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How I'd Hack Your Password...
Transcript of How I'd Hack Your Password...
Password cracking is the process of recovering passwords from data that has been stored in or transmitted by a computer system.
"help" a user recover a forgotten password (though installing an entirely new password is less of a security risk, but involves system administration privileges),
as a preventive measure by system administrators to check for easily crackable passwords.
Illegitimate:to gain unauthorized access to a system
On a file-by file basis, password cracking is utilized to gain access to digital evidence for which a judge has allowed access but the particular file's access is restricted.
How passwords are stored
The Anonymous Attack!
Database that verifies who you are..
Data stored as a one way function i.e., difficult to extract ...
can be encrypted ... some are picture based ...
when the manner passwords are saved is simple to crack ...
The POP3 Passwords are kept in the \mail\USER\pmail.ini. So 'c:\pmail\mail\g00f\pmail.ini' would give the user g00f's configuration file.
The file looks something like this:
[Pegasus Mail for Windows - built-in TCP/IP Mail]
Host where POP3 mail account is located = example.com
POP3 mail account (username on host) = g00f
V2 Password for POP3 mail account = $moL
Delete downloaded mail from host = Y
Largest message size to retrieve = 0
Directory to place incoming POP3 mail = C:\PMAIL\MAIL\g00f
Transport control word = 66308
SMTP relay host for outgoing mail = example.com
Search mask to locate outgoing messages = C:\PMAIL\MAIL\g00f\*.PMX
Alternative From: field for message = firstname.lastname@example.org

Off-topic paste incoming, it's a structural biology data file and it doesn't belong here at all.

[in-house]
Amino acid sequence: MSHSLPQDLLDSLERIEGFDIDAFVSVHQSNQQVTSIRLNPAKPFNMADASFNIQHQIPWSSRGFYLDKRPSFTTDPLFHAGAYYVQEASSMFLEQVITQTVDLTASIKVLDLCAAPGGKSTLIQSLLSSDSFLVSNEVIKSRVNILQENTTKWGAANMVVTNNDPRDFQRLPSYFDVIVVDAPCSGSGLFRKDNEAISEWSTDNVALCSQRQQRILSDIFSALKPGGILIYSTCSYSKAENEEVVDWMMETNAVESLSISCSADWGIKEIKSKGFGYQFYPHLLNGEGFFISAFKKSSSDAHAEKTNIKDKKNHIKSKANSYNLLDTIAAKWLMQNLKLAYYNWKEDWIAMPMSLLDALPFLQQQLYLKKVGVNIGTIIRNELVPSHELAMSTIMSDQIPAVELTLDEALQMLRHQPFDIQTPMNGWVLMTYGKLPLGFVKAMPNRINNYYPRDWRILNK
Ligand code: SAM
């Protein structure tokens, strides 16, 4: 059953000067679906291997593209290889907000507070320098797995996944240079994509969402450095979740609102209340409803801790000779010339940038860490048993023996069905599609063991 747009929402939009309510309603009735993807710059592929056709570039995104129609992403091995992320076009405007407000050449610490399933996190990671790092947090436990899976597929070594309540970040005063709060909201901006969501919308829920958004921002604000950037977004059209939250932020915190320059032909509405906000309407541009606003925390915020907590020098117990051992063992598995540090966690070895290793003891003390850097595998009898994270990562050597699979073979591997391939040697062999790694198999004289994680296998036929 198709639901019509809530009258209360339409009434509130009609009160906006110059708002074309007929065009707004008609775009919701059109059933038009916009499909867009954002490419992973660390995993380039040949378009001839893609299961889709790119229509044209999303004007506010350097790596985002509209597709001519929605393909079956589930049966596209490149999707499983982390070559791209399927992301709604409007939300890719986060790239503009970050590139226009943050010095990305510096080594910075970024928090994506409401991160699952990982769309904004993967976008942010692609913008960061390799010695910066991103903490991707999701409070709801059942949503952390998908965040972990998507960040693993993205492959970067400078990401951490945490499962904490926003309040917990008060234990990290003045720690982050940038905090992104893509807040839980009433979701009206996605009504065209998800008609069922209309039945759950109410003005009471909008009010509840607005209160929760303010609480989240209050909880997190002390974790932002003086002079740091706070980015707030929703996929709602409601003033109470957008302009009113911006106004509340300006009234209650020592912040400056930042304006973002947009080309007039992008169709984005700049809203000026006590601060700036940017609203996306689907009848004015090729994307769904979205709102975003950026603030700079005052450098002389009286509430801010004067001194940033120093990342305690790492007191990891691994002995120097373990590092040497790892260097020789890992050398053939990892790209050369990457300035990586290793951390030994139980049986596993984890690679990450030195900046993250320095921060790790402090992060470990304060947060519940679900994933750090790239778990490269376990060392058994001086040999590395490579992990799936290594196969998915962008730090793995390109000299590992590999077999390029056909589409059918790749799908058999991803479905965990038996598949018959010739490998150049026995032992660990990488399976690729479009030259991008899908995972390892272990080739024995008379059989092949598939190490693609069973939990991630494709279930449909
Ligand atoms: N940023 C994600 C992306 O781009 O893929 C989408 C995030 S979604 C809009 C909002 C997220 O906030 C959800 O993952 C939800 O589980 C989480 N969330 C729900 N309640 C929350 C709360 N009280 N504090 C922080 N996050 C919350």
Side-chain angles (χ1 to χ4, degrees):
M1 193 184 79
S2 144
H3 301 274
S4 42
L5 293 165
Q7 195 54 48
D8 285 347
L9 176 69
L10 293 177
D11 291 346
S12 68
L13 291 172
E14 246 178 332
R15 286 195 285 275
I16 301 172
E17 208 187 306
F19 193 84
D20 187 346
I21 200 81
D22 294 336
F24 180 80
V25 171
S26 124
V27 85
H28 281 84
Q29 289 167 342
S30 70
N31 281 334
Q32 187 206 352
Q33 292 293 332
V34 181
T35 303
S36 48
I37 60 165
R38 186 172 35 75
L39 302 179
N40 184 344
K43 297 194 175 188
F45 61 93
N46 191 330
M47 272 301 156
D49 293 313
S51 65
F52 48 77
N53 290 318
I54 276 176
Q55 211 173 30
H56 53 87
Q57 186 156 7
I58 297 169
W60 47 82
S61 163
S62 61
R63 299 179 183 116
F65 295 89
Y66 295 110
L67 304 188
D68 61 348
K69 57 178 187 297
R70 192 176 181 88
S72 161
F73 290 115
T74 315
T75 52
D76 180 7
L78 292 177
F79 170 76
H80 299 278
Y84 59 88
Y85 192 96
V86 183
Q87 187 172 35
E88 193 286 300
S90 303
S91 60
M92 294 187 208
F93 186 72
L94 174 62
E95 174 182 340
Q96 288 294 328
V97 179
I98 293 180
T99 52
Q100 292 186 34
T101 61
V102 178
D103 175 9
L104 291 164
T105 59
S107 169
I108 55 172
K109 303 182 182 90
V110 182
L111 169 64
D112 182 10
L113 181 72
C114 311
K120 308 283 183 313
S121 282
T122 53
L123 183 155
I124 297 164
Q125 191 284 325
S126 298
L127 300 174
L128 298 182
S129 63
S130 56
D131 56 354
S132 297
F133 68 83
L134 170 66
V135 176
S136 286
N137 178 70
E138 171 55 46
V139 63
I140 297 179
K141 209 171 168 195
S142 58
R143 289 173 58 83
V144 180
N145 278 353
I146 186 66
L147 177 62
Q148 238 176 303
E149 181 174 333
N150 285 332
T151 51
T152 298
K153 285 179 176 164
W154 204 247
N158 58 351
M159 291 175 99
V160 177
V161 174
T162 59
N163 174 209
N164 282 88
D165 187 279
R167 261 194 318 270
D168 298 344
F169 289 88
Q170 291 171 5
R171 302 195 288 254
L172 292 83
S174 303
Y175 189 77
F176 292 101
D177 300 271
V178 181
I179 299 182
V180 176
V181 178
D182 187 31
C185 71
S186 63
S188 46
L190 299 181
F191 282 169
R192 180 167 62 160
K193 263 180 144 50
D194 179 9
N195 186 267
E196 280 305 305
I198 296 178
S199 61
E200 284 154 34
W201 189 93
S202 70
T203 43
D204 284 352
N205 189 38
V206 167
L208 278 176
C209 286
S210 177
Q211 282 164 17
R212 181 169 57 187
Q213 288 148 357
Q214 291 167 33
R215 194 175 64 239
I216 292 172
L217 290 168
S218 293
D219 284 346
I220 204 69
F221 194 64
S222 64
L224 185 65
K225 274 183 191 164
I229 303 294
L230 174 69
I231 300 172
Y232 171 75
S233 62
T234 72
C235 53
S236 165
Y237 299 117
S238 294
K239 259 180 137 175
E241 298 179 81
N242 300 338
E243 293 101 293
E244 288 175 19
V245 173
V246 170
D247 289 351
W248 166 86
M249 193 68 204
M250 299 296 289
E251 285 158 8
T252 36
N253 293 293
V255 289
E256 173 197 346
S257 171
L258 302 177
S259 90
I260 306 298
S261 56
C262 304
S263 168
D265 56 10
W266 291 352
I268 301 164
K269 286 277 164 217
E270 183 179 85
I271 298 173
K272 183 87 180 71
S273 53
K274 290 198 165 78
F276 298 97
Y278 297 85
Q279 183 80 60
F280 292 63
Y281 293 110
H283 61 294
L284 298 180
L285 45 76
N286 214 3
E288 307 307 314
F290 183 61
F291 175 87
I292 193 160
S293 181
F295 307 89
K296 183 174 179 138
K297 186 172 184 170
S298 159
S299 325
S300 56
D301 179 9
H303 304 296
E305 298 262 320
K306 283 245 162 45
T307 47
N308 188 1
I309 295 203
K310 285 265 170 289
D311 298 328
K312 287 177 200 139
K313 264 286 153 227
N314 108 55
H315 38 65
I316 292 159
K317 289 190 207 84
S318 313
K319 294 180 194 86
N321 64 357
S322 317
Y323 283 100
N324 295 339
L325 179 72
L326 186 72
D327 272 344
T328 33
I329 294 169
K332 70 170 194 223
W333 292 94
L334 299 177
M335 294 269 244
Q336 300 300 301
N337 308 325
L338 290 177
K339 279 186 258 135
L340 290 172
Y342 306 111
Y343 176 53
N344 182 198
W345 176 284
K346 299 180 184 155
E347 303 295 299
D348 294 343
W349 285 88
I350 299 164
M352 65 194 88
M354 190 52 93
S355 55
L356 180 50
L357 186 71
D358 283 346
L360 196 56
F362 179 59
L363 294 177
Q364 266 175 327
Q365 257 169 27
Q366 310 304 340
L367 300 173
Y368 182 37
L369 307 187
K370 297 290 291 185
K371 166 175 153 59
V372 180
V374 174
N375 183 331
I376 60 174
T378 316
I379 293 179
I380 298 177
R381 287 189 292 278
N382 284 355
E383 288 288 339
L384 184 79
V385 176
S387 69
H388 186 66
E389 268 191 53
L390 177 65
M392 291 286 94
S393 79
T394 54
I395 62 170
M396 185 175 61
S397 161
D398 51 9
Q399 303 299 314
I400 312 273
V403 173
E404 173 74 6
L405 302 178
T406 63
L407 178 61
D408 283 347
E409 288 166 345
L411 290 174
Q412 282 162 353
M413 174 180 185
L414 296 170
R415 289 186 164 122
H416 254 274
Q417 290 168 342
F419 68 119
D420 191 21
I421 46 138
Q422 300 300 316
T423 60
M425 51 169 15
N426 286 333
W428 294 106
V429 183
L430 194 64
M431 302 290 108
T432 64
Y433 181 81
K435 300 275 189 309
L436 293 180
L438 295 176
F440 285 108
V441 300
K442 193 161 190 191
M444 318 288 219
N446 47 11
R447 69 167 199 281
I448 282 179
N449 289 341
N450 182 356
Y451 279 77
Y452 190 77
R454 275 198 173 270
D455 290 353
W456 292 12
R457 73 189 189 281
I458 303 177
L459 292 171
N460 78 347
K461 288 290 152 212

Since this text file is world read/writable, any user can easily edit the file to route messages to a new directory, or choose not to delete POP3 mail from host.
But the main problem is the weak encryption on the V2 Password.
The password is encrypted using a very weak encryption algorithm:
V2 encrypts so that there is the same amount of letters/numbers as the original password, and their position corresponds to their position in the plaintext password.
First you have to Ignore the $ completely. The letters and numbers after the $ are the encrypted values of the password, so anything after the $ is also the size of the password. Here are a few examples of how to crack it and how the encryption works.
a = $m # Just testing....
aa = $mo
aaa = $moL
b = $R
bb = $R?
bbb = ?R?8
# As you can see the weak encryption is already showing as the encryption doesn't even encrypt by the number of letters.
# The Encryption works like this
1st Letter placement of a = m
2nd Letter placement of a = o
3rd Letter placement of a = L
So finding aab would be as followed:
aab = 1st a + 2nd a + 3rd b (which) = mo8 # so in the ini the pass will be $mo8
abb = 1st a + 2nd b + 3rd b = $m?8
So you could now find out:
bab = $Ro8
Personal data about individuals are now available from various sources, many on-line, and can often be obtained by someone using social engineering techniques, such as posing as an opinion surveyor or a security control checker. Attackers who know the user may have information as well.
In September 2008, the Yahoo e-mail account of Governor of Alaska and Vice President of the United States nominee Sarah Palin was accessed without authorization by someone who was able to research answers to two of her security questions, her zip code and date of birth and was able to guess the third, where she met her husband.
Dictionary and Bruteforce Attacks
A dictionary attack tries only those possible passwords which are most likely to succeed, typically derived from a list of words for example a dictionary (hence the phase dictionary attack) or a bible etc. Generally, dictionary attacks succeed because many people have a tendency to choose passwords which are short (7 characters or fewer), single words found in dictionaries or simple, easily-predicted variations on words, such as appending a digit.
Users choose weak passwords. Examples of insecure choices include the above list, plus single words found in dictionaries, given and family names, any too short password (usually thought to be 6 or 7 characters or less), or any password meeting a too restrictive and so predictable, pattern (eg, alternating vowels and consonants).